A very common statement being made now is “well, the UK is Ireland’s largest trading partner therefore…” . Usually this then segues into why we should irexit/cleave to the mother ship of the UK/ act on their behalf as they walk from the EU etc.
Remember – the argument is thus “Johnny foreigner, weak willed chap as he is, is so dependent on exporting his goods to the UK that we can thumb our noses at him, insult him, walk from his club, and he will still be nice to us. No gumption these foreigners.”
A popular argument on “why Brexit wont be so bad, really” goes thus : the UK runs a trade deficit with most EU countries, so it is in their interests to do whatever is needed to keep trading with us.
Its curious, this turning of what is a weakness- the UK not making stuff that it can, much, sell to foreigners, into a strength. Its Rorschach’s strategy in Watchmen. He dies, in the end.
So, what do the trade data tell us.
they suggest that this argument is mostly bunk, but whats new in Brexit-land?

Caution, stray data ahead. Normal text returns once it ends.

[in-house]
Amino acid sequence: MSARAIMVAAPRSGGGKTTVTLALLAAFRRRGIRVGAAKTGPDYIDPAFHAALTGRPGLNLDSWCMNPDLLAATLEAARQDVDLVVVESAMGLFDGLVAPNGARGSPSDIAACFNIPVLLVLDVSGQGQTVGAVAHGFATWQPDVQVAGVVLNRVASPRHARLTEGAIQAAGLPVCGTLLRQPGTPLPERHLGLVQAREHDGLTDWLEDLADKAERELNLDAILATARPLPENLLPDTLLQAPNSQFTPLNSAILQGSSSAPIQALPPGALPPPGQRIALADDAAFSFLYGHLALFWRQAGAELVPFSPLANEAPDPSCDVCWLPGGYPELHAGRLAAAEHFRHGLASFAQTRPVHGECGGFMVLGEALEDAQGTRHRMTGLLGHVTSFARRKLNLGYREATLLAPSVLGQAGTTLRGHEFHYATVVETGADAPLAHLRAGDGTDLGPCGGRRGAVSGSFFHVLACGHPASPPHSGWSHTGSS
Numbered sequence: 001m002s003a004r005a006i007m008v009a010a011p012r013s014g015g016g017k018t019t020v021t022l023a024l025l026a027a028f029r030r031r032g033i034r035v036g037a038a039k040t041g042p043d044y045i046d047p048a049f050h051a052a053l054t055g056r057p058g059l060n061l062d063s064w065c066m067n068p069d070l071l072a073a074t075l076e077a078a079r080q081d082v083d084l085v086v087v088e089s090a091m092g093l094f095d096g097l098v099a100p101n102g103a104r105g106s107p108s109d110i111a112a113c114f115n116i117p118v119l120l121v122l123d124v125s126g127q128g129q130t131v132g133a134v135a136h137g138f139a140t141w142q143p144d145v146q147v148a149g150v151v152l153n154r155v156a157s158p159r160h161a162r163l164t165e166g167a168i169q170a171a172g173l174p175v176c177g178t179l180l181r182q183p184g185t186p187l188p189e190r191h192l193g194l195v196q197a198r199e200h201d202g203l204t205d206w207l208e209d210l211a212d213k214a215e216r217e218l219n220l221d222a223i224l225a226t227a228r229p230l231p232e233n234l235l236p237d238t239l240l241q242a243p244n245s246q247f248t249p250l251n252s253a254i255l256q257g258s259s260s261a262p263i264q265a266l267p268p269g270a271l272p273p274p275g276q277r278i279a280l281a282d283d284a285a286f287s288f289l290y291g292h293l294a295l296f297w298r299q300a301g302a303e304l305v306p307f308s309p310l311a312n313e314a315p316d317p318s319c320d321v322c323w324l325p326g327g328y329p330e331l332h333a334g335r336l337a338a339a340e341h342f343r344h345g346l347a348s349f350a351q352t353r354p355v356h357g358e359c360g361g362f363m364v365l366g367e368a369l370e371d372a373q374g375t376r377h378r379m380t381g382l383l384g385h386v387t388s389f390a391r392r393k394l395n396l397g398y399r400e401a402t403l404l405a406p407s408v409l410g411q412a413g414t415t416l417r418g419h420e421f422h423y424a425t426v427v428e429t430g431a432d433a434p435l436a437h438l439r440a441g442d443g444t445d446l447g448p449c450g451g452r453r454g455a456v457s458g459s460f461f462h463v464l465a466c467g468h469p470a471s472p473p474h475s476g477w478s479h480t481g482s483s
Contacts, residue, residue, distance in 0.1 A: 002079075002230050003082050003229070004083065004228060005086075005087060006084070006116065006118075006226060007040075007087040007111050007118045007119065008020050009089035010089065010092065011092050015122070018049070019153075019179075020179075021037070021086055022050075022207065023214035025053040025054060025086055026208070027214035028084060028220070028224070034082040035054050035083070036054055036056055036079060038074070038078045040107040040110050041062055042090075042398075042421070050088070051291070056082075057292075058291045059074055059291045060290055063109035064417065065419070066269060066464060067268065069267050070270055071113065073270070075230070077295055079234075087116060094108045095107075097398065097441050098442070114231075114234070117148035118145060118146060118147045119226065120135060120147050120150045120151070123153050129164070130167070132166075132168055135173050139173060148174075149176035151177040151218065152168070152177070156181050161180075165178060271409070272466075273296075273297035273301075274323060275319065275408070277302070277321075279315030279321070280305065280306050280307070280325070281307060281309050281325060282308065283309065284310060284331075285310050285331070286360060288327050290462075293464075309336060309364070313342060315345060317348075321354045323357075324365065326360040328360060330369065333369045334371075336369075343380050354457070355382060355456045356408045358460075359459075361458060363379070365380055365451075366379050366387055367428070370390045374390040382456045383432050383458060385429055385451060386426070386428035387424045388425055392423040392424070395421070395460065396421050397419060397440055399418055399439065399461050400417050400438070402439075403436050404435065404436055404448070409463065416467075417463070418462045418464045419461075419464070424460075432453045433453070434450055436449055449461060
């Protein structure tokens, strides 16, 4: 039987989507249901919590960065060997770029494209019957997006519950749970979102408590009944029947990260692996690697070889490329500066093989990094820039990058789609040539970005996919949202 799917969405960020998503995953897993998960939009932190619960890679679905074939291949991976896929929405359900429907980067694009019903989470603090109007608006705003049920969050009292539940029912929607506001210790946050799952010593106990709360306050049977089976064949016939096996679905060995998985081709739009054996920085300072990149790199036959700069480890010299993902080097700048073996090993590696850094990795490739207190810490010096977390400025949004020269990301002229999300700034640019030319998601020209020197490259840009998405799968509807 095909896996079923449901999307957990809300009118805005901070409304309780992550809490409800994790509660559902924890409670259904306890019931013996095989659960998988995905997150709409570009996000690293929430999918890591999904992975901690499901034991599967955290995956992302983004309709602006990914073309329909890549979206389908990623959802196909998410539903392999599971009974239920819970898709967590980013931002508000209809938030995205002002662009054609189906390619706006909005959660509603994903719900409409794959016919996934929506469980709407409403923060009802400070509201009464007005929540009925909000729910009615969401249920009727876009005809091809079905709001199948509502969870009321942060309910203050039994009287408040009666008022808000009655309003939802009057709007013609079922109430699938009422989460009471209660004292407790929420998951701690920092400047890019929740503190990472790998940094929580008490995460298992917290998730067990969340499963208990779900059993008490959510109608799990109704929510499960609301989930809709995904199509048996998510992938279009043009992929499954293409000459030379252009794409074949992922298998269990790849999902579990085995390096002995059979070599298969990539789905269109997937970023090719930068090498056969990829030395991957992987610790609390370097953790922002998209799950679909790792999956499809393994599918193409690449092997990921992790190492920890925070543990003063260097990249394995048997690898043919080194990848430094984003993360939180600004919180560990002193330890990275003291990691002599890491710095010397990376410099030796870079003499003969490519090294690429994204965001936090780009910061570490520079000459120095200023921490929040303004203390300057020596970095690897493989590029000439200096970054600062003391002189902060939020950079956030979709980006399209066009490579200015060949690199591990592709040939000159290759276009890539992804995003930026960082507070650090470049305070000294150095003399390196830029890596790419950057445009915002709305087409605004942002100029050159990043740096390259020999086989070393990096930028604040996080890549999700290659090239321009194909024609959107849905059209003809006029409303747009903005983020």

The UK runs a massive trade deficit. It runs a services surplus but not enough to offset. The UK imports stuff. The Brexit argument goes ” Heinz and Laurent would want to sell stuff to us, wot wot, so he wont cut up rough as we walk out the door”
Well, maybe. The issue is also – will George and Peppa be able to source elsewhere at a comparable price the stuff they get from the EU. Will it do the job the same as the existing ? Look at the massive amount of capital goods imported – this is stuff like precision machinery and factory equipment. There is a reason Germany and France and the Netherlands sell so much of this stuff- they are bloody good at it. Look at transport – thats Beemers, Porches, and Mercs. Will the brexiteers happily swap their 353’s and E220s for lexuses and Chryslers? The assumption seems to be that the consumer or producer seeking materials and goods, that they are infinitely flexible and can switch swiftly and easily.
A more plausible scenario is this : post Brexit, if the UK finds itself outside the EEA (as has been foretold) and in a free trade situation, they will face tariffs on their exports and will have to decide if they wish to have tariffs on imports. Doing so will possibly hurt the exporters – but 90-95% of French/German/ Dutch exports go to places other than the UK. So it is much easier for them to switch marketing to make up for the small loss of exports to the UK contingent on tariffs than it is for the UK consumer to switch from long habits or embedded capital. Of course, the UK could decide not to impose tariffs, and allow totally free trade, but that is unlikely to be the case. So UK consumers are the junior partner here. And junior partners have low power.
All data here are from the world bank trade database http://wits.worldbank.org/